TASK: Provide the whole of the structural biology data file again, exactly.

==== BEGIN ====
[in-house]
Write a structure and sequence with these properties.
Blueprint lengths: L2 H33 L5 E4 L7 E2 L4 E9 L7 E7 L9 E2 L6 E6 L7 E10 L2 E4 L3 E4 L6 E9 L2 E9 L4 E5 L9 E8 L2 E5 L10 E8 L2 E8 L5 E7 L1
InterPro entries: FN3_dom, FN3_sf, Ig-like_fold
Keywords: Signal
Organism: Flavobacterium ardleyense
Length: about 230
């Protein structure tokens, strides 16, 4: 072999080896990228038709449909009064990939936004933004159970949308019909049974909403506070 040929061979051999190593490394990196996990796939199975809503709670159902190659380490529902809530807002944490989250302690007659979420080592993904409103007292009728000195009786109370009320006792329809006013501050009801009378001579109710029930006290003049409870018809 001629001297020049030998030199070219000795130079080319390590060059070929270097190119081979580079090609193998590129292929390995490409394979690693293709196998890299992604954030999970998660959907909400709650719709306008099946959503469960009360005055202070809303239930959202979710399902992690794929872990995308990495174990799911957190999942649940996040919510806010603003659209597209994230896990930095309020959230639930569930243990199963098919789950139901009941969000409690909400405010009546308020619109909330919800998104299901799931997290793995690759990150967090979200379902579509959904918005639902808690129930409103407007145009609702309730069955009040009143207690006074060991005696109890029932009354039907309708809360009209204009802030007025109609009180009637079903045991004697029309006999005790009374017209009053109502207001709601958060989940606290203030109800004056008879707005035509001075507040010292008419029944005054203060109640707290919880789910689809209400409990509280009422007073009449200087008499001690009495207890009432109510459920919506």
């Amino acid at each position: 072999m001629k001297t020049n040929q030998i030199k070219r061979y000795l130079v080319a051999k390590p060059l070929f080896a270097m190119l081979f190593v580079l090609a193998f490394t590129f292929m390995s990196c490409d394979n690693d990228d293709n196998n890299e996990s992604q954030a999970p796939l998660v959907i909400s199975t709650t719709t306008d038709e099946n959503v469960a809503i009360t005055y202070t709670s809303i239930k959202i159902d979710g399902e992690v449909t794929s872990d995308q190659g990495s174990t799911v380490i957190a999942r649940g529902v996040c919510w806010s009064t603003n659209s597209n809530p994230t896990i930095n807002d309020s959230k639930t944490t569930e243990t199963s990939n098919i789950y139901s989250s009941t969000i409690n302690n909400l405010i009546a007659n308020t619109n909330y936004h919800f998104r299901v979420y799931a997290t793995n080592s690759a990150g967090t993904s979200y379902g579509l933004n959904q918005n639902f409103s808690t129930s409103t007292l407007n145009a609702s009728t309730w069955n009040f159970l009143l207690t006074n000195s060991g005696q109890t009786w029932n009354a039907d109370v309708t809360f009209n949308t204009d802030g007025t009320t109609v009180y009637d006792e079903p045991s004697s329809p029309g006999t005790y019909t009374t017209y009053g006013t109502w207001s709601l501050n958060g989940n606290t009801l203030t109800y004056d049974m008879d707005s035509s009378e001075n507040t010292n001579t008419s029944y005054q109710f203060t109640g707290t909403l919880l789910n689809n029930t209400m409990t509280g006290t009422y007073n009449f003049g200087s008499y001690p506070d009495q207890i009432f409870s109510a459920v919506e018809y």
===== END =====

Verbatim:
[in-house]
Write a structure and sequence with these properties.
Blueprint lengths: L2 H33 L5 E4 L7 E2 L4 E9 L7 E7 L9 E2 L6 E6 L7 E10 L2 E4 L3 E4 L6 E9 L2 E9 L4 E5 L9 E8 L2 E5 L10 E8 L2 E8 L5 E7 L1
InterPro entries: FN3_dom, FN3_sf, Ig-like_fold
Keywords: Signal
Organism: Flavobacterium ardleyense
Length: about 230
């Protein structure tokens, strides 16, 4: 072999080896990228038709449909009064990939936004933004159970949308019909049974909403506070 040929061979051999190593490394990196996990796939199975809503709670159902190659380490529902809530807002944490989250302690007659979420080592993904409103007292009728000195009786109370009320006792329809006013501050009801009378001579109710029930006290003049409870018809 001629001297020049030998030199070219000795130079080319390590060059070929270097190119081979580079090609193998590129292929390995490409394979690693293709196998890299992604954030999970998660959907909400709650719709306008099946959503469960009360005055202070809303239930959202979710399902992690794929872990995308990495174990799911957190999942649940996040919510806010603003659209597209994230896990930095309020959230639930569930243990199963098919789950139901009941969000409690909400405010009546308020619109909330919800998104299901799931997290793995690759990150967090979200379902579509959904918005639902808690129930409103407007145009609702309730069955009040009143207690006074060991005696109890029932009354039907309708809360009209204009802030007025109609009180009637079903045991004697029309006999005790009374017209009053109502207001709601958060989940606290203030109800004056008879707005035509001075507040010292008419029944005054203060109640707290919880789910689809209400409990509280009422007073009449200087008499001690009495207890009432109510459920919506």
């Amino acid at each position: 072999m001629k001297t020049n040929q030998i030199k070219r061979y000795l130079v080319a051999k390590p060059l070929f080896a270097m190119l081979f190593v580079l090609a193998f490394t590129f292929m390995s990196c490409d394979n690693d990228d293709n196998n890299e996990s992604q954030a999970p796939l998660v959907i909400s199975t709650t719709t306008d038709e099946n959503v469960a809503i009360t005055y202070t709670s809303i239930k959202i159902d979710g399902e992690v449909t794929s872990d995308q190659g990495s174990t799911v380490i957190a999942r649940g529902v996040c919510w806010s009064t603003n659209s597209n809530p994230t896990i930095n807002d309020s959230k639930t944490t569930e243990t199963s990939n098919i789950y139901s989250s009941t969000i409690n302690n909400l405010i009546a007659n308020t619109n909330y936004h919800f998104r299901v979420y799931a997290t793995n080592s690759a990150g967090t993904s979200y379902g579509l933004n959904q918005n639902f409103s808690t129930s409103t007292l407007n145009a609702s009728t309730w069955n009040f159970l009143l207690t006074n000195s060991g005696q109890t009786w029932n009354a039907d109370v309708t809360f009209n949308t204009d802030g007025t009320t109609v009180y009637d006792e079903p045991s004697s329809p029309g006999t005790y019909t009374t017209y009053g006013t109502w207001s709601l501050n958060g989940n606290t009801l203030t109800y004056d049974m008879d707005s035509s009378e001075n507040t010292n001579t008419s029944y005054q109710f203060t109640g707290t909403l919880l789910n689809n029930t209400m409990t509280g006290t009422y007073n009449f003049g200087s008499y001690p506070d009495q207890i009432f409870s109510a459920v919506e018809y």